The project was almost derailed in 2003 when Barbra Streisand demanded that the frame in which her house appeared be removed from the database. Although the image of her house comprised just 3% of the photo in question, Streisand nonetheless sued the Adelmans for $50 million in damages. Citing their constitutional right to free speech, the Adelmans countersued asserting that the removal of any frames from the database would compromise the integrity of this scientific and historic database. The Adelmans prevailed, Streisand had to write a $155,567.04 check to their attorneys, the site remained intact, and the term the Streisand Effect joined the international lexicon: http://en.wikipedia.org/wiki/Streisand_effect.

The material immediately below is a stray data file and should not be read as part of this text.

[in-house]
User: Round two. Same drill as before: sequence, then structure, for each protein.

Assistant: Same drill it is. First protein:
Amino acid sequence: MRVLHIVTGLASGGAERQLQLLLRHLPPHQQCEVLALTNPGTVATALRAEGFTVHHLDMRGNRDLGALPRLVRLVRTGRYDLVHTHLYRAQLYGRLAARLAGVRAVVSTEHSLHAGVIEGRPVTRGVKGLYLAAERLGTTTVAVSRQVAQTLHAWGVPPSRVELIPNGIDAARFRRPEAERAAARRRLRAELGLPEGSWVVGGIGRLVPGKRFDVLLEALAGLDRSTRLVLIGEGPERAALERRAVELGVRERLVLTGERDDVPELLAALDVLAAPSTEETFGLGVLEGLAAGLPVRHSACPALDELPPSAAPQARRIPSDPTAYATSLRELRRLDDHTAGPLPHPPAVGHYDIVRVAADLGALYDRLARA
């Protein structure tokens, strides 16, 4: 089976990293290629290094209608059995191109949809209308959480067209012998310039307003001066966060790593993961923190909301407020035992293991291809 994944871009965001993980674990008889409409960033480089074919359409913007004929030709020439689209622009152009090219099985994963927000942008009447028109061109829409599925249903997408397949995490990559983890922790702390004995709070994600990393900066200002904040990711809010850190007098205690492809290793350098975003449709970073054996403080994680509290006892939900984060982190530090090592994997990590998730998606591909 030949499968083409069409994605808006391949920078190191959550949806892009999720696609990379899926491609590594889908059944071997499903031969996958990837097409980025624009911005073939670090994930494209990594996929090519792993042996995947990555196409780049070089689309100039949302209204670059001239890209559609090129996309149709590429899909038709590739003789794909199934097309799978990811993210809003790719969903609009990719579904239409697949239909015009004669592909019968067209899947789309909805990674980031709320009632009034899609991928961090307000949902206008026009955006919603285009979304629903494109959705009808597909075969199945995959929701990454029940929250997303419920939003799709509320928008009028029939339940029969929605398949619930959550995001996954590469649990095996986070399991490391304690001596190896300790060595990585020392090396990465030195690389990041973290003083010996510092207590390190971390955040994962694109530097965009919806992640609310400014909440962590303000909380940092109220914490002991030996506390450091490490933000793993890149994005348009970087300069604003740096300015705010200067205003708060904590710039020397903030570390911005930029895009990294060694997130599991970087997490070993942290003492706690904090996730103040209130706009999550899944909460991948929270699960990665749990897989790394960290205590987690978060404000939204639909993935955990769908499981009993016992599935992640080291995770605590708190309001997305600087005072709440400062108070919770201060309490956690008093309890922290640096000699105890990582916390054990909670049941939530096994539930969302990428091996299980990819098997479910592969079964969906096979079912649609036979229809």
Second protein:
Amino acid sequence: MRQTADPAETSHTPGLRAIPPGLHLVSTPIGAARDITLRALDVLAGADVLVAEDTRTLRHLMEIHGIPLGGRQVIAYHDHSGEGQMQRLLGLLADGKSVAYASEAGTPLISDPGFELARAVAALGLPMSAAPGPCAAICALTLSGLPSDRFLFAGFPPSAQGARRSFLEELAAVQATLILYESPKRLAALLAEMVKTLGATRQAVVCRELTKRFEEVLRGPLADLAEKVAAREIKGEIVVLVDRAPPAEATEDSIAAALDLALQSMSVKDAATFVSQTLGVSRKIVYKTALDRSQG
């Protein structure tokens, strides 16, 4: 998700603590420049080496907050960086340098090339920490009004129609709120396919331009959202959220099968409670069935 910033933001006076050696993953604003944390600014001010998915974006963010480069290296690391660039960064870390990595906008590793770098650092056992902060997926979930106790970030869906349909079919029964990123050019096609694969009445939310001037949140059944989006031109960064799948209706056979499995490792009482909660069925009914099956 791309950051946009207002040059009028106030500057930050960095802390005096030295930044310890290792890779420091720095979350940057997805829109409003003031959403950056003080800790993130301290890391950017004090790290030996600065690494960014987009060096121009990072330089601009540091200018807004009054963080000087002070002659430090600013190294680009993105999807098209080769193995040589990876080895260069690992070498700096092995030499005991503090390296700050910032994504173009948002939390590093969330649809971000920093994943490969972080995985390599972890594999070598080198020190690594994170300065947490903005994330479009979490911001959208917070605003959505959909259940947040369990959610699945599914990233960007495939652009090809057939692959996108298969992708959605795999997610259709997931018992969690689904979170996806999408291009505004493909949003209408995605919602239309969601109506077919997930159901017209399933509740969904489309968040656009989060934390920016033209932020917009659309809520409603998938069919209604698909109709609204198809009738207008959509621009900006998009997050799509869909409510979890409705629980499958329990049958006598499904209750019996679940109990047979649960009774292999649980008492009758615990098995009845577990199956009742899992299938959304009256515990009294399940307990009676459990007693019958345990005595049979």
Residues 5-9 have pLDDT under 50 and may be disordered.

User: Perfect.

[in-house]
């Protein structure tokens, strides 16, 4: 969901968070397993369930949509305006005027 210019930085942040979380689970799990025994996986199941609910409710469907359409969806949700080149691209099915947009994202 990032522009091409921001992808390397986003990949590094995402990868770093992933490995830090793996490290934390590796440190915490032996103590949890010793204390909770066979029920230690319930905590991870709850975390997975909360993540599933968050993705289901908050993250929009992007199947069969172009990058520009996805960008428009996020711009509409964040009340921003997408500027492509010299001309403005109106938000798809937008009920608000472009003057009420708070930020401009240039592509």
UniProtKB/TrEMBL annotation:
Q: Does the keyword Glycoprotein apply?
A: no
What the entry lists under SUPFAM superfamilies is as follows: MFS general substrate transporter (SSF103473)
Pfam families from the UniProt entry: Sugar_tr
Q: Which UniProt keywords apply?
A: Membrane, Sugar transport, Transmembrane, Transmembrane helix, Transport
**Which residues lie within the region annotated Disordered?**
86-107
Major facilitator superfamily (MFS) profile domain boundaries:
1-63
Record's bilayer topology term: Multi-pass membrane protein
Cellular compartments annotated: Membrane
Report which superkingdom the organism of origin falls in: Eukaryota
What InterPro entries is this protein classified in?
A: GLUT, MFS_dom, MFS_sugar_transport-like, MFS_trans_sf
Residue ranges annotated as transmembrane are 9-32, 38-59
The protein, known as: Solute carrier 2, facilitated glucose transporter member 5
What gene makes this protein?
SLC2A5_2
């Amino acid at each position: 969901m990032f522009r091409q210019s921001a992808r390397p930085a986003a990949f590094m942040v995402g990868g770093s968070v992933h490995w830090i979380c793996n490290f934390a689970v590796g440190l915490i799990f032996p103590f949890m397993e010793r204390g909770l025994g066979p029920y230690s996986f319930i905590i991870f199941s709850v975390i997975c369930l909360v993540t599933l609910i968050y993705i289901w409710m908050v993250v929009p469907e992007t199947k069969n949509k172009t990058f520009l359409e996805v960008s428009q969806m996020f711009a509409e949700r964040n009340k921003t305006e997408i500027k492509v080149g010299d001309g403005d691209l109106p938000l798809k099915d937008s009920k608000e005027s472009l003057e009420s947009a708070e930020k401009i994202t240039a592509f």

“The California Coastal Records Project reveals the near endless wilderness, splendor & varied development along the entire California coast, and makes it available to anyone at anytime from any place in the world – but it does much more than that. You can visit places along the coast that are otherwise private or inaccessible, that are threatened, or that are about to undergo natural change or physical development. The Adelmans have created a baseline to measure development and climate change over time and it has changed the way regulatory land use and real estate business and development decisions along the coast are made, in a visual, positive and productive way” said Mark Massara.